For Spiteri, third-party review from influencers is a valuable example of a business and brand willing to put itself on the line as it often has no control of the message, nor the outcome of the placement.
“Further, consumers aren’t idiots,” he continues. “They follow influencers because they are aspirational, inspirational and relate to their ‘tribe’ via their activity, lifestyle, values, interests etc. They want to know what brands and products these individuals use so likewise they can assimilate.”
Blogger and social media influencer Jill Wright, who has a following of over 45,000 on her Instagram page, @iamjillwright, agrees.
“Influencers or bloggers by definition speak about what they are interested in and influence their readership based on their opinions,” she says. “People are following them for their very clear opinions on topics. I find it hard to understand how this body thinks readers are naive enough to think that brands don't play a part in some of the material."
Expert talent agency, The Lifestyle Suite’s director, Simone Landes, also asserts most of a brand’s customer base or potential consumers aren’t blind to the commercial relationships underpinning much of the social media activity and support for the brand espoused by various influencers.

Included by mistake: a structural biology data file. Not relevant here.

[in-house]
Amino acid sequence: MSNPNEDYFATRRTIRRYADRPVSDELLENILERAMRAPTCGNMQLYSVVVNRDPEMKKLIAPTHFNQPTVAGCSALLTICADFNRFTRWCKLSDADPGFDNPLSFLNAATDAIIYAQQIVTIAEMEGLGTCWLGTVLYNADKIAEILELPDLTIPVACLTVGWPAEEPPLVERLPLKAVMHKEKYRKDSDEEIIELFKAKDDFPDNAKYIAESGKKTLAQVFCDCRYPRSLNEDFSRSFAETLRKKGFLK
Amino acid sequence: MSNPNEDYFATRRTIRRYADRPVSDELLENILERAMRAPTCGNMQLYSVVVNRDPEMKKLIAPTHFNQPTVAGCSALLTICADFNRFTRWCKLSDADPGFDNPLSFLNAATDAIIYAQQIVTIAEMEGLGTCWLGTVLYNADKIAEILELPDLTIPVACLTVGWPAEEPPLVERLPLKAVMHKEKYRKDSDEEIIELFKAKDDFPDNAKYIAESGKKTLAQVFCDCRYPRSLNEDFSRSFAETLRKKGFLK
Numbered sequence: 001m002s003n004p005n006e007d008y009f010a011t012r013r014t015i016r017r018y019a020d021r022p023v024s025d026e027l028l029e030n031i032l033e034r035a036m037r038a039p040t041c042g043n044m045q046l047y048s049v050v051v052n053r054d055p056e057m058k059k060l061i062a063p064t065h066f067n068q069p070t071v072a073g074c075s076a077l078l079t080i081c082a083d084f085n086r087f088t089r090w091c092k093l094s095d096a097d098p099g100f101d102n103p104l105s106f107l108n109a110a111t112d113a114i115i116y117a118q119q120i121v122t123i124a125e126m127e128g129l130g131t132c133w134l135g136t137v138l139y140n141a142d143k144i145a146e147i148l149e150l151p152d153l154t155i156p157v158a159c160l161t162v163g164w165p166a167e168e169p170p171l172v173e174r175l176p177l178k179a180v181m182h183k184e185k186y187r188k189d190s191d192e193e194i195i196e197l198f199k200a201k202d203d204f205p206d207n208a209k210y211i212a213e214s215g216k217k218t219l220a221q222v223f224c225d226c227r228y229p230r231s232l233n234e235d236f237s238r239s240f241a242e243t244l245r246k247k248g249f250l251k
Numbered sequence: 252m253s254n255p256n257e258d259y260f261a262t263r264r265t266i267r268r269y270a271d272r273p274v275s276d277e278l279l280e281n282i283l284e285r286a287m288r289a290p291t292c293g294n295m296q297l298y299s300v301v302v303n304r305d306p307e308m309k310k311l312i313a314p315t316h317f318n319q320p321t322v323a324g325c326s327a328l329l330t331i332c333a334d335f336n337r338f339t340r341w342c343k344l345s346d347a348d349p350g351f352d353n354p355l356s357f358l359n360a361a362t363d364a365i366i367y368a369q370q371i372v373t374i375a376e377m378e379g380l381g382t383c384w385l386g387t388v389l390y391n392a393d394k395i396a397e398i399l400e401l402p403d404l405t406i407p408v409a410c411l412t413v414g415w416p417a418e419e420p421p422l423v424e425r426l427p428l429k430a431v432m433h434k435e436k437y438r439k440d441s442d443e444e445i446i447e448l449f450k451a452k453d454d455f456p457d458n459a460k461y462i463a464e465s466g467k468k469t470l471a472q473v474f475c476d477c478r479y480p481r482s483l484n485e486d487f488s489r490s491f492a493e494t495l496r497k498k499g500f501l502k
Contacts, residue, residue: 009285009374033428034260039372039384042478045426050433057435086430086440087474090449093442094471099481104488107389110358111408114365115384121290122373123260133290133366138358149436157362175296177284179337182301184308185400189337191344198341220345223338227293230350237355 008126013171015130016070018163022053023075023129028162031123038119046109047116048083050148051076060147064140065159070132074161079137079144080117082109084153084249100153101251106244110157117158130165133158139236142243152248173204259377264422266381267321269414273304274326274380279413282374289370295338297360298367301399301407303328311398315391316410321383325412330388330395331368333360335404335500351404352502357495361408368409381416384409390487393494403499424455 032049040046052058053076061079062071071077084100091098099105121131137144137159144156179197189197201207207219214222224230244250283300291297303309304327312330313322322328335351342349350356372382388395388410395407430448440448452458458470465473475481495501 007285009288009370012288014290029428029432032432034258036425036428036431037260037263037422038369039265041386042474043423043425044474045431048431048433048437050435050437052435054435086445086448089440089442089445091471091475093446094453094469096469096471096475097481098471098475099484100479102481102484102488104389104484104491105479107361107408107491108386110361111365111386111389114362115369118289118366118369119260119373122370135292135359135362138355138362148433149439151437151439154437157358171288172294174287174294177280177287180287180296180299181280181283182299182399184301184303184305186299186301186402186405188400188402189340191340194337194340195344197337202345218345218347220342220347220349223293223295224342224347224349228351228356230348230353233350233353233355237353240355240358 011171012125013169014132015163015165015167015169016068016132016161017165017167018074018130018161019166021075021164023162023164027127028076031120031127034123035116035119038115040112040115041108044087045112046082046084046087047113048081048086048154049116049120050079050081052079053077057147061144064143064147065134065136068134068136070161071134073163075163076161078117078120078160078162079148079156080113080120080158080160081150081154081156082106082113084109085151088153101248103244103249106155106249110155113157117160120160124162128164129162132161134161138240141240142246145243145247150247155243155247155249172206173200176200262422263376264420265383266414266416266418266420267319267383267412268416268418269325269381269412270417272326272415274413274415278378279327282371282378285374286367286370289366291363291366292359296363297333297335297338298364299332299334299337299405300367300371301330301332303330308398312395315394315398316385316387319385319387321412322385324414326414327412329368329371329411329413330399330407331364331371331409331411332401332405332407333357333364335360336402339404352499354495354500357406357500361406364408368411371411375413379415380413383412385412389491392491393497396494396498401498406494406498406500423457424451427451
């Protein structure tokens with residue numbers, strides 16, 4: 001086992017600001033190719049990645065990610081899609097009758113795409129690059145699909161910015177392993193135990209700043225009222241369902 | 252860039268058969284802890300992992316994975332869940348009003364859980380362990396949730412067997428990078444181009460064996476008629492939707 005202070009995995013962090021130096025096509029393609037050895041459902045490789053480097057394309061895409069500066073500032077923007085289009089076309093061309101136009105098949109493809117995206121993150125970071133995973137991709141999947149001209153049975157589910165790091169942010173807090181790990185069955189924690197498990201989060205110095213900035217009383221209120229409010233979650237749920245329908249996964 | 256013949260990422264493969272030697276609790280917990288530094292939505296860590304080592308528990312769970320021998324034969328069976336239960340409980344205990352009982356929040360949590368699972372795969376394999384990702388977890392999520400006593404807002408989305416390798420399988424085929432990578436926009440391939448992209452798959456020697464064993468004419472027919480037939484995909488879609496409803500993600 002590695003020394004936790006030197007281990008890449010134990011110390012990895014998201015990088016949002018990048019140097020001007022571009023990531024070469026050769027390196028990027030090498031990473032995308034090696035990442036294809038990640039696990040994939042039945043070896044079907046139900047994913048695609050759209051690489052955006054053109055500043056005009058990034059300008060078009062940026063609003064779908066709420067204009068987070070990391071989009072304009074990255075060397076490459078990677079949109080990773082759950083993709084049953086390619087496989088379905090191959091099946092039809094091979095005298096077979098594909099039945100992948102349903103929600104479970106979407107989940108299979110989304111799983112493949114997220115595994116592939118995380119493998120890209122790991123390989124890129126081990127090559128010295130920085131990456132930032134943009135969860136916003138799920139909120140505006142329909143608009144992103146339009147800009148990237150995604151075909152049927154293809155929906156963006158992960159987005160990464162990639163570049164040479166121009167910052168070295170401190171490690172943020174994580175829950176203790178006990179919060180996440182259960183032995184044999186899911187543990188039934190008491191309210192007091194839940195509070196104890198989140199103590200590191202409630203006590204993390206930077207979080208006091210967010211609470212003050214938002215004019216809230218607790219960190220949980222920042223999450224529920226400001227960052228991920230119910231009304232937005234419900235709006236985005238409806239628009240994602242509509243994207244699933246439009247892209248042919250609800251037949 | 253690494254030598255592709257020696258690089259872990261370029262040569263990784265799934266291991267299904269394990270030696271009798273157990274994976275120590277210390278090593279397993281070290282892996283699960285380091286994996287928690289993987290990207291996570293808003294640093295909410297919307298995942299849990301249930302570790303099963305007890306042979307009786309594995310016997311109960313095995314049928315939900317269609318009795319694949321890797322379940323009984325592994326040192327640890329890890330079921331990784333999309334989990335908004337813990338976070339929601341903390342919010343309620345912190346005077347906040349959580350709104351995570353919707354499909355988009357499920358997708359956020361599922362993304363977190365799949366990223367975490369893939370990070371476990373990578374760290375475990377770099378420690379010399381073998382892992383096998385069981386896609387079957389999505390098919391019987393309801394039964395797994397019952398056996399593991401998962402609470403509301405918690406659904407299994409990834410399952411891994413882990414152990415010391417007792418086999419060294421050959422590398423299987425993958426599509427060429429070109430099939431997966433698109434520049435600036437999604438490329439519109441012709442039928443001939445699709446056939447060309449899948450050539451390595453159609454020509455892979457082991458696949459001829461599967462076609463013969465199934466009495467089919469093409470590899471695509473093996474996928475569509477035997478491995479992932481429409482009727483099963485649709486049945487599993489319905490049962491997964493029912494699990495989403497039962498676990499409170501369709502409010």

“What’s interesting is that an audience will be OK with that, if they can genuinely connect the dots, if the influencer and the brand inherently fit and that the relationship between the two is a positive one,” Landes says.
According to publicist at The Gap Agency, Nicole Watson, it's important to remember today’s socially savvy consumer is hyper-aware of when they are being advertised to.
“The generation of today are spending more time on social media than ever before and are becoming able to distinguish when being advertised to, even when it is not clearly specified or in a traditional sense in most cases,” she says. “In terms of the impact the new AANA rulings will have on brands perceptions, it is in the best interests of brands to think of influencers the same way we’d think of traditional media, for example by maintaining editorial independence and integrity.
“While the landscape is undoubtedly different, what remains the same is the fact that influencers know their personal brand and audience inside and out and are very capable of making editorial decisions to complement this. But when we start dictating to much how content is shared, we not only risk brands losing consumer credibility but more importantly the influencers losing creative control.”
Up next: How Tourism Australia is keeping influencer networks authentic